One of the outcomes of the G20 food summit last week was an agreement to create a global database in an effort to better measure the level of supply, consumption and inventories of staple foods.
There is a justifiable view that insufficient information is contributing to volatilty in food markets. A price spike in 2007-8 was triggered by a fears of a shortage leading to bans on overseas sales and the hoarding of supplies. However, when better data became available, it was evident that fears of a shortage were misplace.
Outside the US little is known about the true state of supply, demand and inventories of staples. China, Russia and India are unwilling to share information with others about stocks in particular because they fear they could lose control over prices. Indeed, in China, such information is regarded as a state secret.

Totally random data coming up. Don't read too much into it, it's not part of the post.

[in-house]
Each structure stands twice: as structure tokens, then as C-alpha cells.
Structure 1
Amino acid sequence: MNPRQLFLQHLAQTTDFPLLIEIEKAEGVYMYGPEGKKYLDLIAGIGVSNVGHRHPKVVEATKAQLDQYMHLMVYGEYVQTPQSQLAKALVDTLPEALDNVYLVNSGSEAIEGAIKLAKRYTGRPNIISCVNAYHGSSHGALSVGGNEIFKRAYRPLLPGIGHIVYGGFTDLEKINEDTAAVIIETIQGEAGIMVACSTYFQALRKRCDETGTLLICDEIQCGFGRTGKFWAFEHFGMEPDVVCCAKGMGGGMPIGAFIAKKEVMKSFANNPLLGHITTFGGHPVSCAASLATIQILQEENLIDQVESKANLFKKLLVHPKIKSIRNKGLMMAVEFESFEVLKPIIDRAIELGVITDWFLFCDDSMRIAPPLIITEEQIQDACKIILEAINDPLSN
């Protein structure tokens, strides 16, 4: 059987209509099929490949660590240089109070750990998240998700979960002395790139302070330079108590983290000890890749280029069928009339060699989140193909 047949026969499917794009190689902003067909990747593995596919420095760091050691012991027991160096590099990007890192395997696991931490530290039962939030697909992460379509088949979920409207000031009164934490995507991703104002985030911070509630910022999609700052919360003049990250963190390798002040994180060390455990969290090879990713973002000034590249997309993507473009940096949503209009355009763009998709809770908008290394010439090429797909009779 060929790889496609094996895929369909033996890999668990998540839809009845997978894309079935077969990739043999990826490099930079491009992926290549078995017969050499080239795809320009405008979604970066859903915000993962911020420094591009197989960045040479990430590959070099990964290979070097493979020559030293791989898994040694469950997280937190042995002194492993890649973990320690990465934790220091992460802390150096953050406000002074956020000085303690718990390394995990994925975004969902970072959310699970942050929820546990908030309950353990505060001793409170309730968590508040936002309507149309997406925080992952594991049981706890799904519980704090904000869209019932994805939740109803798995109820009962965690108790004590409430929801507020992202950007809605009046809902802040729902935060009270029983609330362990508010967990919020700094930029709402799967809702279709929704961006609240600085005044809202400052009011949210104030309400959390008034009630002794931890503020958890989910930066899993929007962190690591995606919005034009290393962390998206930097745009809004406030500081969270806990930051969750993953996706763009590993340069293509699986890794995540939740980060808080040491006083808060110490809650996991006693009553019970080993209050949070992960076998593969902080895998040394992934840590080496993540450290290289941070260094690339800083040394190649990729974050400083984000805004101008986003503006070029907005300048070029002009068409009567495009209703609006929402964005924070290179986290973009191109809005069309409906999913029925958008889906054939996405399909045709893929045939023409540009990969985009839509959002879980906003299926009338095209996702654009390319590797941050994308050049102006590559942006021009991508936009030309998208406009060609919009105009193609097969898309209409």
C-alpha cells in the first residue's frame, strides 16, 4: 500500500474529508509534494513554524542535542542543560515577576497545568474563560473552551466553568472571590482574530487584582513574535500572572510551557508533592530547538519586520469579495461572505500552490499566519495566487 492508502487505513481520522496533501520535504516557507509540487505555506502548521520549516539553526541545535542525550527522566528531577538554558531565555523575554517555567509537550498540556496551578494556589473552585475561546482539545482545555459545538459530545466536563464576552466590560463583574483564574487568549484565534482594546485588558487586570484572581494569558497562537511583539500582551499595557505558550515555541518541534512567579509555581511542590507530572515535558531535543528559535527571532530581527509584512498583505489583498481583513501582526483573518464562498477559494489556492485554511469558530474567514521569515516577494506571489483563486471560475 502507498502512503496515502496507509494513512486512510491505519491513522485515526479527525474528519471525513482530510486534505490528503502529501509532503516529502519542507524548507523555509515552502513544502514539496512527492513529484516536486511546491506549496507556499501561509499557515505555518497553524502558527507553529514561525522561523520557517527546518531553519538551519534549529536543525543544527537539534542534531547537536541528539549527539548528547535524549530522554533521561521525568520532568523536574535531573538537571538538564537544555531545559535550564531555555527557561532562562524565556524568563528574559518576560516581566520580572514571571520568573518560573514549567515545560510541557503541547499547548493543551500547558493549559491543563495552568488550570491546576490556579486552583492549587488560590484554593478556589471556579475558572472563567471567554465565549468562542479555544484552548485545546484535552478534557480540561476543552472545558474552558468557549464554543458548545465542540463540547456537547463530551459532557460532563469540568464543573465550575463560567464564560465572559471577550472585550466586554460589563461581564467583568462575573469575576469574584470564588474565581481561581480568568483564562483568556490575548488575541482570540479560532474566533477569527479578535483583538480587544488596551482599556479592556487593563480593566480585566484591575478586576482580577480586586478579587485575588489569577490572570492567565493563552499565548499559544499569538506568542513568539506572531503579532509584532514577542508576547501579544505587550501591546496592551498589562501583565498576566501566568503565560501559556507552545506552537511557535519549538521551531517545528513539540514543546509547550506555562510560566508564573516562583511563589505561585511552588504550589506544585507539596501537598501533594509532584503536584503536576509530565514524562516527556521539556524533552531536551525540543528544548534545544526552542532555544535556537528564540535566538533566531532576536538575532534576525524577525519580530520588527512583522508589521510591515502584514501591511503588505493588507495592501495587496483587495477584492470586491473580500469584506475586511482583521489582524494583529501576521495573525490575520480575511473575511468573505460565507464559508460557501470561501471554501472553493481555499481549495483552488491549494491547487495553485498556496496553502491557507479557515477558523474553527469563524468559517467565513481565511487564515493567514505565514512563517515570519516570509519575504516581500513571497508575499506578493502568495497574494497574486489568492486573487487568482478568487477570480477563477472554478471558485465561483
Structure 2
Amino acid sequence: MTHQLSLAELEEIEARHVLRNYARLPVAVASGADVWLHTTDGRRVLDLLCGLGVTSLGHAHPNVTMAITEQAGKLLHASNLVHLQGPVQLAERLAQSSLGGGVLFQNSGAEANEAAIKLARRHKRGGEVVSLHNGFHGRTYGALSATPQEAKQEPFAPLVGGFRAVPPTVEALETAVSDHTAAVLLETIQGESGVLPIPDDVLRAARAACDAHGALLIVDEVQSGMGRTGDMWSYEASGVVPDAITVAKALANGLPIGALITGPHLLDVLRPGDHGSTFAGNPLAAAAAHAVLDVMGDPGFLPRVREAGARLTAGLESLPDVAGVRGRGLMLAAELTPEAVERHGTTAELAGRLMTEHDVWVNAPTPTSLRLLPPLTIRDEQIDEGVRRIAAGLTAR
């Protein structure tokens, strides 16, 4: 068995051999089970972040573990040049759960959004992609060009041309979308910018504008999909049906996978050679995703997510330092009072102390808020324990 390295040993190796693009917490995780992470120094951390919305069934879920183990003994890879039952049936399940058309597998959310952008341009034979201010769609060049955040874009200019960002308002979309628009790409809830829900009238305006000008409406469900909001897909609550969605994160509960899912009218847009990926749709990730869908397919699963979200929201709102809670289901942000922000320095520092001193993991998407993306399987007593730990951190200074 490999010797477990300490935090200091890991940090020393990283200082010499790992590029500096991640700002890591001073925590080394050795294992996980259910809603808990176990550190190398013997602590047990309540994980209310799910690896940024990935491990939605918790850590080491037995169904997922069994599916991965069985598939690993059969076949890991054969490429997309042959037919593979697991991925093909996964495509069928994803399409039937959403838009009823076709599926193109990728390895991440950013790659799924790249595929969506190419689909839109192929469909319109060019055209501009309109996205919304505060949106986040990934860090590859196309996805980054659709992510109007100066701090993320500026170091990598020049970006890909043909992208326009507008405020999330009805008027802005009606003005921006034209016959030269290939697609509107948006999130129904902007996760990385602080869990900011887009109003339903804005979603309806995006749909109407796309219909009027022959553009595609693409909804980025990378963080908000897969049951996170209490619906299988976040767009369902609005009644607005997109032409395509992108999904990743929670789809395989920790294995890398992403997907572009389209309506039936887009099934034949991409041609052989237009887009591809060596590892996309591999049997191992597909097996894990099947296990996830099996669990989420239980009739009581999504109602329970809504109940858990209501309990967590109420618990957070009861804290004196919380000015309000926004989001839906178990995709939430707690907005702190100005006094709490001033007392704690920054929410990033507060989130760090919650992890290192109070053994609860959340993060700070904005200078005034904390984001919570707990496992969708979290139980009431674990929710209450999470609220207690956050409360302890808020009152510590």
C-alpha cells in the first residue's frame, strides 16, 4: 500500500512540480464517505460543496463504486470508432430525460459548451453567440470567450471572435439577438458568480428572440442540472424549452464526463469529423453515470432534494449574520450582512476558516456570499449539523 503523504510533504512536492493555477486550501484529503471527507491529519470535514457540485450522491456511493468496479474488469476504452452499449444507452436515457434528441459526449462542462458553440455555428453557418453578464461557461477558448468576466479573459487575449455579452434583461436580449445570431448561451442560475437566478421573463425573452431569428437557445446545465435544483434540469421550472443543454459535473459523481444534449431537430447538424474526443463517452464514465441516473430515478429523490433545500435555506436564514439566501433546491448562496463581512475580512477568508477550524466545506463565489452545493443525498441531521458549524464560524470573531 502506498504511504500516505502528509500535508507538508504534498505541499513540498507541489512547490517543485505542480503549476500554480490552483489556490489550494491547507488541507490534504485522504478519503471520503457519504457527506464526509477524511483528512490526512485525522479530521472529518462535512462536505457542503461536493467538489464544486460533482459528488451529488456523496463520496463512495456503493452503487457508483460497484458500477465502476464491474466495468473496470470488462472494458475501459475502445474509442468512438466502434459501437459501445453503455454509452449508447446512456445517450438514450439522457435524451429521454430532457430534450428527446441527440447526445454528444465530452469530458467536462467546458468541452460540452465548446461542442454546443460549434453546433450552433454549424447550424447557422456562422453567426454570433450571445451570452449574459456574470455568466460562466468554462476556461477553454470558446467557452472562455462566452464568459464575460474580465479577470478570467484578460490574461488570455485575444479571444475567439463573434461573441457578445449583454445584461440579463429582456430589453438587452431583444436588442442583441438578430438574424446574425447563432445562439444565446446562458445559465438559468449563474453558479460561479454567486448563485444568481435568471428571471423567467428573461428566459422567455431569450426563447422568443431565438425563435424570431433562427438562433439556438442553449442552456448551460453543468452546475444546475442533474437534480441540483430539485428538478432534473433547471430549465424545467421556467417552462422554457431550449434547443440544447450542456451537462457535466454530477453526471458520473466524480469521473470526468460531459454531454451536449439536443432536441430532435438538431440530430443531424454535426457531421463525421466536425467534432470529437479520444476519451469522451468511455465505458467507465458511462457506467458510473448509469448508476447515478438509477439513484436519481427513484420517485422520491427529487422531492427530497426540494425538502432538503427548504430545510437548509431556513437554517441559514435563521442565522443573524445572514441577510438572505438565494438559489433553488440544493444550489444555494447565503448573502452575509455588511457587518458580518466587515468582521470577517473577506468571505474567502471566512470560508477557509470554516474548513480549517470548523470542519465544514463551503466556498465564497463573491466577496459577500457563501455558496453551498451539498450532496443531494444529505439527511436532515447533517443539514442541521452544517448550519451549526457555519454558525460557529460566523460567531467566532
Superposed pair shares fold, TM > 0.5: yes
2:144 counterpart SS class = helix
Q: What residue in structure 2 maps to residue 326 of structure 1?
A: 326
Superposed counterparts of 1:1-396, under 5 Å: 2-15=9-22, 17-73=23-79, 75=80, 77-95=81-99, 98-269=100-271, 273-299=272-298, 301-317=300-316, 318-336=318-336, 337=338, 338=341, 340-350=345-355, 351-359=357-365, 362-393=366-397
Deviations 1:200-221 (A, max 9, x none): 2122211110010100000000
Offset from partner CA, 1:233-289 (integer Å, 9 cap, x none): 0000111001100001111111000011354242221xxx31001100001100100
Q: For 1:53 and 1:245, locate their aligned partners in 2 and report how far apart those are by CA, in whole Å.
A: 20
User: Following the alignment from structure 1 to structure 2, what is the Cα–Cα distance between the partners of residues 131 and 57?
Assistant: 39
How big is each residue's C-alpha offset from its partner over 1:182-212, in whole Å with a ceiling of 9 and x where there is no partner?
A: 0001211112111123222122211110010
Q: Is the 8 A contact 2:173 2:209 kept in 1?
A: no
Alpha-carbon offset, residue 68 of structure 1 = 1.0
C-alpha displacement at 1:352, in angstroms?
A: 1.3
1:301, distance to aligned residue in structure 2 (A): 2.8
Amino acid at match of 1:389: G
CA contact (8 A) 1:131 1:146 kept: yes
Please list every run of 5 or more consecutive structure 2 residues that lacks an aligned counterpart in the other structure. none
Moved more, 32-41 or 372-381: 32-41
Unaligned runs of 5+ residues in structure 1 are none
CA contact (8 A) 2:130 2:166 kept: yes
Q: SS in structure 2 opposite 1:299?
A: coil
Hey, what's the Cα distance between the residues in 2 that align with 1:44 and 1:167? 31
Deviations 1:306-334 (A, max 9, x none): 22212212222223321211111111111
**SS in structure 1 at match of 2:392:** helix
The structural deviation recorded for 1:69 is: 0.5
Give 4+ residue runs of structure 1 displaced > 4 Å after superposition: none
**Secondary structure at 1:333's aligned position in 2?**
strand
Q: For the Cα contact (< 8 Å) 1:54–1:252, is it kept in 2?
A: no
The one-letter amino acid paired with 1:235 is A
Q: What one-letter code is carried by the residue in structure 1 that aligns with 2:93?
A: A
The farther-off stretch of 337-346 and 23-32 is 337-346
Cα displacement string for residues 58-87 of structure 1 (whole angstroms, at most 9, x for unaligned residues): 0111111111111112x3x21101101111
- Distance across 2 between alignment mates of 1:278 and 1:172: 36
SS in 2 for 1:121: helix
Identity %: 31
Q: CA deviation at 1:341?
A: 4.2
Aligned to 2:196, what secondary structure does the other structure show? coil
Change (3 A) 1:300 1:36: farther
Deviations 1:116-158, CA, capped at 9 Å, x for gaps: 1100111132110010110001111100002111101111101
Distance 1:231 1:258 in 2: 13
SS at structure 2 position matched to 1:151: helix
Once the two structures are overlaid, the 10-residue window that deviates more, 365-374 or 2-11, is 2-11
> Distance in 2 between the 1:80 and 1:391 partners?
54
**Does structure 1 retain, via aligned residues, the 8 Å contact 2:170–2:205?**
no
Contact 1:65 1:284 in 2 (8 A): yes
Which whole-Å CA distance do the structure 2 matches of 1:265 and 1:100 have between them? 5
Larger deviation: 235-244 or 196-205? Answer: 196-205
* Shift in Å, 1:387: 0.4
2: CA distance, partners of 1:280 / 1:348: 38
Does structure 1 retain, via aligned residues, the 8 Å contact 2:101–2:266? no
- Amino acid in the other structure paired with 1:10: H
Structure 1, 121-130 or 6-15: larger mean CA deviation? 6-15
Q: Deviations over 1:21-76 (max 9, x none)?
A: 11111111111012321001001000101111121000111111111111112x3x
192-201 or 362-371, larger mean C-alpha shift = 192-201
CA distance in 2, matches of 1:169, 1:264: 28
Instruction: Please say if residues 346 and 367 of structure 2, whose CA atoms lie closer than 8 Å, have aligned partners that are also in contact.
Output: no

An earlier G8 initiative on oil markets is still struggling ten years after it was initiated. The agriculture market information system (Amis) has insufficient resources with the project based at the cash-strapped Food and Agriculture Organisation of the UN.
It's a good idea which should enable markets to work better but whether it can be really effective remains to be seen.